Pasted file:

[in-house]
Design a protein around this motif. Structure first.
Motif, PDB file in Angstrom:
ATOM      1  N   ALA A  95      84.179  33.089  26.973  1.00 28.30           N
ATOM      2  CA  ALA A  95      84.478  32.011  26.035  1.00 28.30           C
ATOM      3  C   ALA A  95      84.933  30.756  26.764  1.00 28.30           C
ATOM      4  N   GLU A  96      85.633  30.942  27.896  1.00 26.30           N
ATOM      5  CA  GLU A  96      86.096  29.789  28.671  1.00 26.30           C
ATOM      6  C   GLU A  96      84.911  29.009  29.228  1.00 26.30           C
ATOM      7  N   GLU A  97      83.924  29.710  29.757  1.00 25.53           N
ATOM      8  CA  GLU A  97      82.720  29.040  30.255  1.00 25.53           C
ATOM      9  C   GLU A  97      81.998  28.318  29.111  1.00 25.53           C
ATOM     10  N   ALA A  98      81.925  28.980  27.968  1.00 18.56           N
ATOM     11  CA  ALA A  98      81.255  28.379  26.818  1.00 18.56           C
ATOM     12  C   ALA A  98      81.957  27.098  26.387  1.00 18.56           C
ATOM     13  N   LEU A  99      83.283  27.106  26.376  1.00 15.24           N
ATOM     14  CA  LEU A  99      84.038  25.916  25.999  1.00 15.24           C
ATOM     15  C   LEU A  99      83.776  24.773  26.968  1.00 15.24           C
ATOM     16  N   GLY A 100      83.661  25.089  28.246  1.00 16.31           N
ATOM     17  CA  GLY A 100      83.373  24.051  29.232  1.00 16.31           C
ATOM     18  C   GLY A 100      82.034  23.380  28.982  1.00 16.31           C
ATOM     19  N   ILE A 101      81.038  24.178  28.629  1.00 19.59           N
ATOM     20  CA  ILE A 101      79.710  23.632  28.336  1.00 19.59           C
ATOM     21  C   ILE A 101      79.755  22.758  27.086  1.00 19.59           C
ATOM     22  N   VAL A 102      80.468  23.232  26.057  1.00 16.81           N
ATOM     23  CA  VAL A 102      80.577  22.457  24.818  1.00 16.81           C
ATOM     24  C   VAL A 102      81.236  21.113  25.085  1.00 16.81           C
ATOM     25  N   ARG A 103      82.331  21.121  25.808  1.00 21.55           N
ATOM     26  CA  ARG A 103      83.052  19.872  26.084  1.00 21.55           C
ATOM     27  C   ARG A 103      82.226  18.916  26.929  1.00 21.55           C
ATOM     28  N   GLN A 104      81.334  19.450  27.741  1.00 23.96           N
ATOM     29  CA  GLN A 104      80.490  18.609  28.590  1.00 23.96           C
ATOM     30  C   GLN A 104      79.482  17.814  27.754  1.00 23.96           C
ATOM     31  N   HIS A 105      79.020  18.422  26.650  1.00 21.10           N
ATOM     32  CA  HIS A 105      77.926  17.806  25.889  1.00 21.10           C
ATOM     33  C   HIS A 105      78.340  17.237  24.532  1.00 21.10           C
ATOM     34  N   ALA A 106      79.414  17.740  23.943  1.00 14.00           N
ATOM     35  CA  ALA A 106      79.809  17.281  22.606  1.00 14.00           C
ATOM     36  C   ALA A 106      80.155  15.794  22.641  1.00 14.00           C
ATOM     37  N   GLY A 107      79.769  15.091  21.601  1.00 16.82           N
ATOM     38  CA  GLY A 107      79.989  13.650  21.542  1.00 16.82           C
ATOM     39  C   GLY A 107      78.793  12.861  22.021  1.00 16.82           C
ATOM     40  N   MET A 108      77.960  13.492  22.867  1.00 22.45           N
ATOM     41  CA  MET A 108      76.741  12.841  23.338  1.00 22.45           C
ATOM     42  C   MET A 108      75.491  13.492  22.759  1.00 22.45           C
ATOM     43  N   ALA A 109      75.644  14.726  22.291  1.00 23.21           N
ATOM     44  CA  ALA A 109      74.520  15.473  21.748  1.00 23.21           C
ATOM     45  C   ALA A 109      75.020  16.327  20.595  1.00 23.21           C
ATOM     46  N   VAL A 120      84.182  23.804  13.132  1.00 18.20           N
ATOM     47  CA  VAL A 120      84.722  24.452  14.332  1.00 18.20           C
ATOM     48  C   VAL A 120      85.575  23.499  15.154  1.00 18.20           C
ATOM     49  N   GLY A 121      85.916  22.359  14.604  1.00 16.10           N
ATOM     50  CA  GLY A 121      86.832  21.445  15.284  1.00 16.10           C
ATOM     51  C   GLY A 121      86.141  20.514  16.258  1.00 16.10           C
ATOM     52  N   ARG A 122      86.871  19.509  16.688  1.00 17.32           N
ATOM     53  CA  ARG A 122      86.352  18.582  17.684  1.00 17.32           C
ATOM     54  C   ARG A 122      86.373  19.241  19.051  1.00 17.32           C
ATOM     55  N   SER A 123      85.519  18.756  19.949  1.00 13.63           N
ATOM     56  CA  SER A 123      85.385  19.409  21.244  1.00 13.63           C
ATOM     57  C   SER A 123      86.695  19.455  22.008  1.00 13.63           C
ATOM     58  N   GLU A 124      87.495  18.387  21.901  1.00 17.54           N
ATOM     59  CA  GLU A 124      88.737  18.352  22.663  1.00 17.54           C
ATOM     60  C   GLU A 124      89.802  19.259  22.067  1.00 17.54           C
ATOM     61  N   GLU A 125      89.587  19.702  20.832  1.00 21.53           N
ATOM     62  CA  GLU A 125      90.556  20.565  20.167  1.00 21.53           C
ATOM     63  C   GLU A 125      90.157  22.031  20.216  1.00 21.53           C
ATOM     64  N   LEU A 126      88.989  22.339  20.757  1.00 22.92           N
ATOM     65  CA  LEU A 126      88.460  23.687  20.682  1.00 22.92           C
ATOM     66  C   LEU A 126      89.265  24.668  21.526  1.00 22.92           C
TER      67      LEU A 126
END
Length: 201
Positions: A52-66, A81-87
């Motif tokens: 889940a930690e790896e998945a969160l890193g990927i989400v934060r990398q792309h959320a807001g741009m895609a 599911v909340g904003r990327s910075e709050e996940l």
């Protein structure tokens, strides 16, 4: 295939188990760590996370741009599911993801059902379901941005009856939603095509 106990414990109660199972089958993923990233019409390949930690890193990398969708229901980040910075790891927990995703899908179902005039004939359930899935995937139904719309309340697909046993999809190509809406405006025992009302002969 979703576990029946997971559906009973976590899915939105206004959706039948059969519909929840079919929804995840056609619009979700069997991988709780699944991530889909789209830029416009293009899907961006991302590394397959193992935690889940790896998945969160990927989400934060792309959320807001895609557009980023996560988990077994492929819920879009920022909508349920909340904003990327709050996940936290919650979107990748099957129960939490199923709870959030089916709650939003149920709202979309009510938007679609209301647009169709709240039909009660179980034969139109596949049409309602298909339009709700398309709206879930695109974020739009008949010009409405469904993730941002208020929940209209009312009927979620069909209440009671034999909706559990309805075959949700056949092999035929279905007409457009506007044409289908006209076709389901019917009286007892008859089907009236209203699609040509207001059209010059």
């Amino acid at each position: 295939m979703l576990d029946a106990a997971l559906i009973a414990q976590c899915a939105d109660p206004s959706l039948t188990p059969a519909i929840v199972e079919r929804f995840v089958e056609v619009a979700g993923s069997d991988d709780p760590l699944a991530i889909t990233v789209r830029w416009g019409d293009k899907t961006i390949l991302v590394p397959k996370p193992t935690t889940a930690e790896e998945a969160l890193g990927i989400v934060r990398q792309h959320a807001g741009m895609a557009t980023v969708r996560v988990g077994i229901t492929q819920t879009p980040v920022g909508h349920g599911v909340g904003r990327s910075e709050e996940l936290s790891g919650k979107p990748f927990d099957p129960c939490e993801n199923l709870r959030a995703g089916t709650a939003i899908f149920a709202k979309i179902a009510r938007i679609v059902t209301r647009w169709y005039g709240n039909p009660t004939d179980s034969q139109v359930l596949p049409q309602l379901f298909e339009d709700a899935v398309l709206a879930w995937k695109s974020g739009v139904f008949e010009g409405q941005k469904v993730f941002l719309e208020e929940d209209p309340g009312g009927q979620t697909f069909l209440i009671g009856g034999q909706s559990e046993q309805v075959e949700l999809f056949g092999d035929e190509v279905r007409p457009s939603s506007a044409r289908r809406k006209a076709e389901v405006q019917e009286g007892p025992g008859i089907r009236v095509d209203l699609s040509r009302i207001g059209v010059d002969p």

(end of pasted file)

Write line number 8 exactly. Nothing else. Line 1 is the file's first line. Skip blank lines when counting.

ATOM      5  CA  GLU A  96      86.096  29.789  28.671  1.00 26.30           C